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G80 Presence and Progression of Idiopathic Dilated CaRdiomyopathy
  1. AN Kanani,
  2. A Lowdon,
  3. A Adigun,
  4. A Chikramane
  1. Department of Cardiology, Birmingham Childrens Hospital, Birmingham, UK


Aim Idiopathic Dilated cardiomyopathy (iDCM) is an uncommon presentation in children and young people but with significant and quite often poor prognosis. We aim to look at the presence and progression of iDCM.

Material and Methods 12 year retrospective analysis of data in a single centre; all patients with the term “DCM” were reviewed from the cardiac database (36 patient). A diagnosis was made on clinical and echocardiographic criteria. We excluded any patient where a cause was identified, analysed sequential echocardiograms and ECGs, and evaluated their progression and outcome.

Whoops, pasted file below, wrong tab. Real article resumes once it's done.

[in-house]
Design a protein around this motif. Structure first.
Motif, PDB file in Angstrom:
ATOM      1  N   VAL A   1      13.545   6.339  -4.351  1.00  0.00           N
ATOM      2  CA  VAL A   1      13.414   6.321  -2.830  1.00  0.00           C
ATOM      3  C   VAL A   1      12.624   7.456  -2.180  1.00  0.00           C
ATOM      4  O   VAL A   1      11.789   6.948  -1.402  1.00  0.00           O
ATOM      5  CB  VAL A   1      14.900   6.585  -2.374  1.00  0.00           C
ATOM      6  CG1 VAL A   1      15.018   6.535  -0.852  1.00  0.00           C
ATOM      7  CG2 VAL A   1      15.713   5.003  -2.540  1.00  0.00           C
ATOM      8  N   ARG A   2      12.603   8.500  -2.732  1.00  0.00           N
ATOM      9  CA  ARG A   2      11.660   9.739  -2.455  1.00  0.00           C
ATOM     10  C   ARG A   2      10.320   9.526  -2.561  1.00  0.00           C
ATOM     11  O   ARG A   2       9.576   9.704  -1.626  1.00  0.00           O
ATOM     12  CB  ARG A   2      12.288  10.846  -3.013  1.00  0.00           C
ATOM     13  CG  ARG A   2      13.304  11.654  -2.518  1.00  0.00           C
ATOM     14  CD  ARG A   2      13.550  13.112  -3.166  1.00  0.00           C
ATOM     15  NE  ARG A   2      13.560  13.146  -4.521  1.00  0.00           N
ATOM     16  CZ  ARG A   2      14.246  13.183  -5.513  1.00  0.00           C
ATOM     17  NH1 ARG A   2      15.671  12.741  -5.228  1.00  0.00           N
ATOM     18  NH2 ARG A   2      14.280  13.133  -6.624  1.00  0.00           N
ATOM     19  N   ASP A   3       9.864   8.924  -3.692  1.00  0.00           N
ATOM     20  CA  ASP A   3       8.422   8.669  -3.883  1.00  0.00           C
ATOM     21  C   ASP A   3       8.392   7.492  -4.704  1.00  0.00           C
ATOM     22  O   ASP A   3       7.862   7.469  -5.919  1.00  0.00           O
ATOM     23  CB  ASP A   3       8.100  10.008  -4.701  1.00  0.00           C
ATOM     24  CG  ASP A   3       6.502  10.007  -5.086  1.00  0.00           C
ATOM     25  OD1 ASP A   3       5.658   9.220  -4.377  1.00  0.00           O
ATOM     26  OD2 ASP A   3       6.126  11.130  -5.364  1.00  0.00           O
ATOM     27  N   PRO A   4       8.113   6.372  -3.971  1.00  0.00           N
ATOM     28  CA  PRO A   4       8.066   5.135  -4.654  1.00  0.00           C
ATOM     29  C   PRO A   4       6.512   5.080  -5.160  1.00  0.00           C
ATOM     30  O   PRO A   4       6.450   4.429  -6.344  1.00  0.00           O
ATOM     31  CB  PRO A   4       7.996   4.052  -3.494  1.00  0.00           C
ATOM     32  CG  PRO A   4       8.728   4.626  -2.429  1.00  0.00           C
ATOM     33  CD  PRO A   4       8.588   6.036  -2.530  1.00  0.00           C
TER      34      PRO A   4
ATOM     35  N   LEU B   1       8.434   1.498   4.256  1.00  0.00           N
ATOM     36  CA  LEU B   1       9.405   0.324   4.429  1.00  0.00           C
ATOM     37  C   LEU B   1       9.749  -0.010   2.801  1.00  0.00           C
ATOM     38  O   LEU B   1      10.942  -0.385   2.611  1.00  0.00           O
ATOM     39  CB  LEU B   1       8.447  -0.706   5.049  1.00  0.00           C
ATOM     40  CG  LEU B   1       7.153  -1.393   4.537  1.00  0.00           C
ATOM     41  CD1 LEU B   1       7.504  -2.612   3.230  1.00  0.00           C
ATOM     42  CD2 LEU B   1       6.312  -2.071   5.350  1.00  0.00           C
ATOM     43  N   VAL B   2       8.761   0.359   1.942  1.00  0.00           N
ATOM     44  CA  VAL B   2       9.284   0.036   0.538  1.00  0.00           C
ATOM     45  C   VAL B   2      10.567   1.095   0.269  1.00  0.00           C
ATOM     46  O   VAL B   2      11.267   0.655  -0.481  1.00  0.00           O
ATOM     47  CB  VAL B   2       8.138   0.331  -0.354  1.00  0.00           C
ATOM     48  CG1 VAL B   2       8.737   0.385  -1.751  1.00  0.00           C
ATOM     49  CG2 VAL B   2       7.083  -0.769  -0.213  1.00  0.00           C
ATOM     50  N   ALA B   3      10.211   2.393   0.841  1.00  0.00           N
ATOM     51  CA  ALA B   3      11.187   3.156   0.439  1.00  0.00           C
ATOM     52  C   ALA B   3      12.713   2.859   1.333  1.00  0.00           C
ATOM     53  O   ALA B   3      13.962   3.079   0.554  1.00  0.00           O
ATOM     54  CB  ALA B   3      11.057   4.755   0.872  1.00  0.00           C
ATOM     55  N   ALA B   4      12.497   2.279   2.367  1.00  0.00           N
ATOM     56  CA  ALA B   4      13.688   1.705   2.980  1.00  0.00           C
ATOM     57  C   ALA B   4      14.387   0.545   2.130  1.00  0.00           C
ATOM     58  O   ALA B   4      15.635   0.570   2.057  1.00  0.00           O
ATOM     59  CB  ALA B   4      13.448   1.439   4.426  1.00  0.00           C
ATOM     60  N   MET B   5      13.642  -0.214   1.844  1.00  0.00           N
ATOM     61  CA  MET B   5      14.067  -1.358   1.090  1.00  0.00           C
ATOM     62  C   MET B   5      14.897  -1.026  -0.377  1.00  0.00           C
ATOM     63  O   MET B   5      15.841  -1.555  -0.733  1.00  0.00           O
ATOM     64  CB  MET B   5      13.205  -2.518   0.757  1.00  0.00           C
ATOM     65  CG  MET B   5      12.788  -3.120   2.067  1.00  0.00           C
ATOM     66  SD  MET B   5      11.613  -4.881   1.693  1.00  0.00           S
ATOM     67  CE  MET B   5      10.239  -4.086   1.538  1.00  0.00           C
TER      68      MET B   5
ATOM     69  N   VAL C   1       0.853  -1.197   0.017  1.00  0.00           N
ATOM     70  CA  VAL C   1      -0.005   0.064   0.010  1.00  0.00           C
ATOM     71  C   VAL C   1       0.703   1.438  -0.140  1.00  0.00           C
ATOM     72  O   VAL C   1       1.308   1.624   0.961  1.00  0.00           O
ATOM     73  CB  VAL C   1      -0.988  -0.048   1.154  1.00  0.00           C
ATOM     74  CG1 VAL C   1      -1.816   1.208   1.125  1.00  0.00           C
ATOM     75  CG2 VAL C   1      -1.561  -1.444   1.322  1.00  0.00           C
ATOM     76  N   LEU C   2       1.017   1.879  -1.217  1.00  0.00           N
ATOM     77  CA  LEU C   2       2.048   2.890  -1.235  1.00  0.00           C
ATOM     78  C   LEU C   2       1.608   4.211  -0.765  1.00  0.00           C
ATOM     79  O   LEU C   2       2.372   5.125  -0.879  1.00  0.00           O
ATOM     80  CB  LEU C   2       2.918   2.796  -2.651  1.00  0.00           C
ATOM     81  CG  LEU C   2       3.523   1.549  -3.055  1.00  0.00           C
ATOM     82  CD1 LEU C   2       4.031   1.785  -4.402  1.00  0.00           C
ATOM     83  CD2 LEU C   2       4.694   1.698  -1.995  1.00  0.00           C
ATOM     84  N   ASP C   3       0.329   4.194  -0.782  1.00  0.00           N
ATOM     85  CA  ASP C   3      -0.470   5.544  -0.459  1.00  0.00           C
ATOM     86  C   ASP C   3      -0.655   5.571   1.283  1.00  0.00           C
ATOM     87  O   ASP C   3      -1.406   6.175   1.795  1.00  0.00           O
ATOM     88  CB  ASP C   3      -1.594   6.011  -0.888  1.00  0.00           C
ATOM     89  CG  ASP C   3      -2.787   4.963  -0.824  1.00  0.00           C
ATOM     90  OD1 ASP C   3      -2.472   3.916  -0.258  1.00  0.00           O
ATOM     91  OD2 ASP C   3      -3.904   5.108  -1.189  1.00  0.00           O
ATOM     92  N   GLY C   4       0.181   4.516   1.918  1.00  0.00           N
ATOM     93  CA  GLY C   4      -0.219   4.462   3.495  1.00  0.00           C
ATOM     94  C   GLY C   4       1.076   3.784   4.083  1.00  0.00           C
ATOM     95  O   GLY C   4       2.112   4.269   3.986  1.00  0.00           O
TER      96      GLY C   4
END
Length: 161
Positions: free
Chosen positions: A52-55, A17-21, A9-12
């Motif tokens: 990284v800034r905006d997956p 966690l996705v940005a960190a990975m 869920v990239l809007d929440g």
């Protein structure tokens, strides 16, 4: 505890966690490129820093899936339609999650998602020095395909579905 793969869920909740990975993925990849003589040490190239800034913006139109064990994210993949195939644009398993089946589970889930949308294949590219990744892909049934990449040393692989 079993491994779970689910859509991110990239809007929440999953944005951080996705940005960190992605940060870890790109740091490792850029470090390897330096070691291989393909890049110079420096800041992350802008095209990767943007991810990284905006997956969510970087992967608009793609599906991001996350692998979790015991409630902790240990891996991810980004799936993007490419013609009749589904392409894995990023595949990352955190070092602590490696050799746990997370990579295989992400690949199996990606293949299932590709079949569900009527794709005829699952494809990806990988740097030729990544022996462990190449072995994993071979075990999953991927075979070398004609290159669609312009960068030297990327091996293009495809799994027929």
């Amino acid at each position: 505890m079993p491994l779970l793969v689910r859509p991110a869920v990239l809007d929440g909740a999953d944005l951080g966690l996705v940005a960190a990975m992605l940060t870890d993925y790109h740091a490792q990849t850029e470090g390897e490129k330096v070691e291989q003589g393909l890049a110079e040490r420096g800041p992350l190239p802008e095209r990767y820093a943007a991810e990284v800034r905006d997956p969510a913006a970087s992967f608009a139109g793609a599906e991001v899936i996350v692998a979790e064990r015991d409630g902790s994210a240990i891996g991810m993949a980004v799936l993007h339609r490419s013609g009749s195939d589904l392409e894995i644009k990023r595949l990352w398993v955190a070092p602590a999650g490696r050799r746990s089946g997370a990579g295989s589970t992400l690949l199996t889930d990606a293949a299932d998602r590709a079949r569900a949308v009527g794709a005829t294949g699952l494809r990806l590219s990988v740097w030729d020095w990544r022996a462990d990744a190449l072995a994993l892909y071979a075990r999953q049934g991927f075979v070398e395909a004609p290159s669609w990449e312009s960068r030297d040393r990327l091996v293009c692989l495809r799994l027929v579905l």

Results There were 24 patients with iDCM; 15 boys and 9 girls. Presentation age range was Birth – 16 years years (mean: 5 years 8 months). Children/adolescents were followed up for an average of 80-months (range: 6 – 143 months). We measured LV dimensions and ventricular function and “z” scores calculated to track growth along with valvar lesions.

22 were on medication; b-blockers in 16, and 21 had an ACE inhibitor/ARB. 6 had additional medication in the form of Spironolactone and (12 ) diuretics. Anti-platelet (12)) use was also studied. 3 underwent transplant and 2 were referred for a transplant and adult cardiology review. 3 patients who had CRT. Ventricular function was tracked to the point of the last review. Clinical improvement was noted on NYHA criteria.

We had an adverse outcome (death/transplant) in 17%, death in 4 with 1 going on to have a transplant within this period. Of the survivors, we tracked their NYHA grade at the last review – (I, through IV). The fractional shortening was (7 – 28%) at presentation, (mean 18%), and 10 – 34% at discharge (mean 25%).

Of those who died, the mean FS was 17%, and 28% in the survivors. LV diastolic dimension (LVDd, z scored) similarly was noted at presentation and at last review.

Conclusion We found that there was an adverse outcome in 17%. Actuarial survival was 100% at 1 year and 8.3% at 5 years with the best outcomes noted in younger age groups and in those where there was an improvement in systolic function.

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